S. cerevisiae ~4.34×10^6Å^3: E. coli ~3.4×10^6Å^3 Å^3
||Verschoor A, Warner JR, Srivastava S, Grassucci RA, Frank J. Three-dimensional structure of the yeast ribosome. Nucleic Acids Res. 1998 Jan 15 26(2):655-61. p.656 left column bottom paragraphPubMed ID9421530
||p.656 left column 4th paragraph:"The 80S ribosome from S.cerevisiae has been reconstructed from 7470 individual ribosome images to a resolution of 35 Å according to the Fourier Shell Criterion measure, using a critical value of 0.5 (ref 14), corresponding to a signal-to-noise ratio of ~2 (ref 15). This value closely agreed with the value obtained by the 45° phase residual criterion used in previous studies. Low pass filtration to 35 Å and, for correction of the transfer function, Wiener filtration were then applied."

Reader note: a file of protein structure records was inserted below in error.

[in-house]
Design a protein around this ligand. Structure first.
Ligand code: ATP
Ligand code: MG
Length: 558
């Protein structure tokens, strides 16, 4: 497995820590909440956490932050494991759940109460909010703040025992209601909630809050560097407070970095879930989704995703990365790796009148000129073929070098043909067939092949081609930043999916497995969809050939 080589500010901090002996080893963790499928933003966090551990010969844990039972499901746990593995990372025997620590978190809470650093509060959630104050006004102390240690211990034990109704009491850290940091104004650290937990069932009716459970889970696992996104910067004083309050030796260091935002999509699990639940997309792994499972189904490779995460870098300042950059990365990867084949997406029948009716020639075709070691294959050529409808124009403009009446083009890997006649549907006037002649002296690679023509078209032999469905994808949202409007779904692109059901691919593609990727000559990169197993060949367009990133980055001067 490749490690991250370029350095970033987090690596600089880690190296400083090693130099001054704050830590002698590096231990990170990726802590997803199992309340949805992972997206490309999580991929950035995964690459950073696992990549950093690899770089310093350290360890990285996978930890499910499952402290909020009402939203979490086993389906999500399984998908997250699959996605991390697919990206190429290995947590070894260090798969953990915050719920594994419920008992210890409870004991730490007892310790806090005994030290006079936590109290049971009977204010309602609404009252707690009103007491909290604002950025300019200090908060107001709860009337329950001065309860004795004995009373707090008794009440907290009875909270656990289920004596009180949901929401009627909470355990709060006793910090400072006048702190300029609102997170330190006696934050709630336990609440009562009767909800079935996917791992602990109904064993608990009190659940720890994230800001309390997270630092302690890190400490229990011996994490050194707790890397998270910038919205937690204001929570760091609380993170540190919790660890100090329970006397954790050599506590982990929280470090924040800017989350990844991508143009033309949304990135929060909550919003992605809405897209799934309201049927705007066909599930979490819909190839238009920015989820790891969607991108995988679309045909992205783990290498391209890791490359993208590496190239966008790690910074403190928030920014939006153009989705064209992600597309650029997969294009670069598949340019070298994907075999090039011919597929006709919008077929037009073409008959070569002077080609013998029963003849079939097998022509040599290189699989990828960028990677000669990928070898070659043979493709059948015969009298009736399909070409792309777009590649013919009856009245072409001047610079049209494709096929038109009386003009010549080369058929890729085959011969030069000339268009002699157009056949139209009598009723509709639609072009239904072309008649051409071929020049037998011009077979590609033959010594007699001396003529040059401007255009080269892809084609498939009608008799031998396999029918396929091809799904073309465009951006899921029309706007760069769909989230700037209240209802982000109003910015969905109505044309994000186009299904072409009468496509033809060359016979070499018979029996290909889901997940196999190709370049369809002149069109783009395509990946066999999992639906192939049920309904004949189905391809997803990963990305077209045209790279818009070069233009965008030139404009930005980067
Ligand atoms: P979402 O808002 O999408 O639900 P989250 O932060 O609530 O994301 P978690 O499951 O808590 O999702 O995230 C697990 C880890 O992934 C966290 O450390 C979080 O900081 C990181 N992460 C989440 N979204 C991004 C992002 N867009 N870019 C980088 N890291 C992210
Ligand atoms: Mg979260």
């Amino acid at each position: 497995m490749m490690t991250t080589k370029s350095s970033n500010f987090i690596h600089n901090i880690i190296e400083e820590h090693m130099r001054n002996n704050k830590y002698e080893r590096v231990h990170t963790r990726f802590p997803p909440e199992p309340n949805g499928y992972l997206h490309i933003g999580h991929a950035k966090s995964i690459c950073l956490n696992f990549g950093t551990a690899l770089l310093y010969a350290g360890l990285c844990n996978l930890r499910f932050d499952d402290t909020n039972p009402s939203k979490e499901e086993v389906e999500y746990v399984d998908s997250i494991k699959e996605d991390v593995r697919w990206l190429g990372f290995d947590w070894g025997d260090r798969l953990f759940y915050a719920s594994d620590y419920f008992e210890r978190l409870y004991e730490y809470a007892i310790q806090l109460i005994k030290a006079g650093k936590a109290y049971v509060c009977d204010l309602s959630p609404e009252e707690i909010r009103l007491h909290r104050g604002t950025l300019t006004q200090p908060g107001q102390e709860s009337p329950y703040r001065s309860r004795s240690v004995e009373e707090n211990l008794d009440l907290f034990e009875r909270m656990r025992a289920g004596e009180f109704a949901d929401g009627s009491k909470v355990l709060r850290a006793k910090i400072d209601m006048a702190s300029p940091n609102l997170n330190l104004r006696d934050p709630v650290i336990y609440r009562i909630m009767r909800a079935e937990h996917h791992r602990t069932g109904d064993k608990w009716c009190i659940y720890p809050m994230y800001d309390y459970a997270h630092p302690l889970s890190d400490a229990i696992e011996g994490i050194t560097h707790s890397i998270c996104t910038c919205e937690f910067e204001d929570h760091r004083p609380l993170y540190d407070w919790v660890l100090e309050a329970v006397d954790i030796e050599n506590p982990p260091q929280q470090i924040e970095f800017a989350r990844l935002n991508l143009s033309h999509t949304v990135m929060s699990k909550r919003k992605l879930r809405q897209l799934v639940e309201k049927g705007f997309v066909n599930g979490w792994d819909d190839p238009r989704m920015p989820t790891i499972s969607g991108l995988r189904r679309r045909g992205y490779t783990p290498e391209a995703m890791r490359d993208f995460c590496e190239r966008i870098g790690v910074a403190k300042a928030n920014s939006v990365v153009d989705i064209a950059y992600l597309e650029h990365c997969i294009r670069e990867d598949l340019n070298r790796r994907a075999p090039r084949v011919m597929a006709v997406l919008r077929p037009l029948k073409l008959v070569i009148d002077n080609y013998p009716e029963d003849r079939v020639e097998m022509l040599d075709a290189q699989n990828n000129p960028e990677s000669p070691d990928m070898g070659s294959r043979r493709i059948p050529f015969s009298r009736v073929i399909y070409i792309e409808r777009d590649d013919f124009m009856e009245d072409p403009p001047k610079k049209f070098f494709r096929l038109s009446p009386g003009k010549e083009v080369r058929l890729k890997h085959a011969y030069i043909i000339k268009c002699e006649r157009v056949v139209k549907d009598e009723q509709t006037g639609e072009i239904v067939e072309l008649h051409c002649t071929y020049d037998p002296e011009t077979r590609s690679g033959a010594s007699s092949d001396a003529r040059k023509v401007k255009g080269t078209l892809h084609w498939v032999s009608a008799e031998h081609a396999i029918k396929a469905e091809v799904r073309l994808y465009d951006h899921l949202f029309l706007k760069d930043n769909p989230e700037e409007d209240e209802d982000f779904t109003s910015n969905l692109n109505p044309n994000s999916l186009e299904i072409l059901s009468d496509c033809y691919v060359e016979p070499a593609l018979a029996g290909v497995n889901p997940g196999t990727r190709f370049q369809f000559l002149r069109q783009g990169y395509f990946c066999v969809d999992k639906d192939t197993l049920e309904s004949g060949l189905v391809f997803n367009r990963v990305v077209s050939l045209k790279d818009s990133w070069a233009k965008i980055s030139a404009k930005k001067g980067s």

||"At the threshold used for surface representation (e.g. Fig. 1) the volume of the yeast ribosome reconstruction is calculated to be ~4.34 × 10^6 Å^3. This figure may be compared with a volume of 3.4 × 10^6 Å^3 for the E.coli ribosome (at 25 Å resolution) visualized at an analogous threshold. These volume estimates are significantly higher than those obtained from simple summation of the molecular masses of the rRNA and ribosomal proteins: 2.6 × 10^6 Å^3 for E.coli (ref 16) and 3.41 × 10^6 Å^3 for yeast [calculated from mass data given in (ref 17) and the RNA/protein ratios given above see Introduction]. The choice of threshold relative to the calculated theoretical mass of the components was made to enable direct comparison with the published E.coli structures (refs 18,19). However, the volume estimate that corresponds to a given threshold is extremely sensitive to several factors, among which is uncertainty in the electron microscopic magnification (ref 16). As discussed by Frank and Agrawal (ref 20), the appropriate choice of threshold should rather be based on innate criteria such as contiguity of the mass."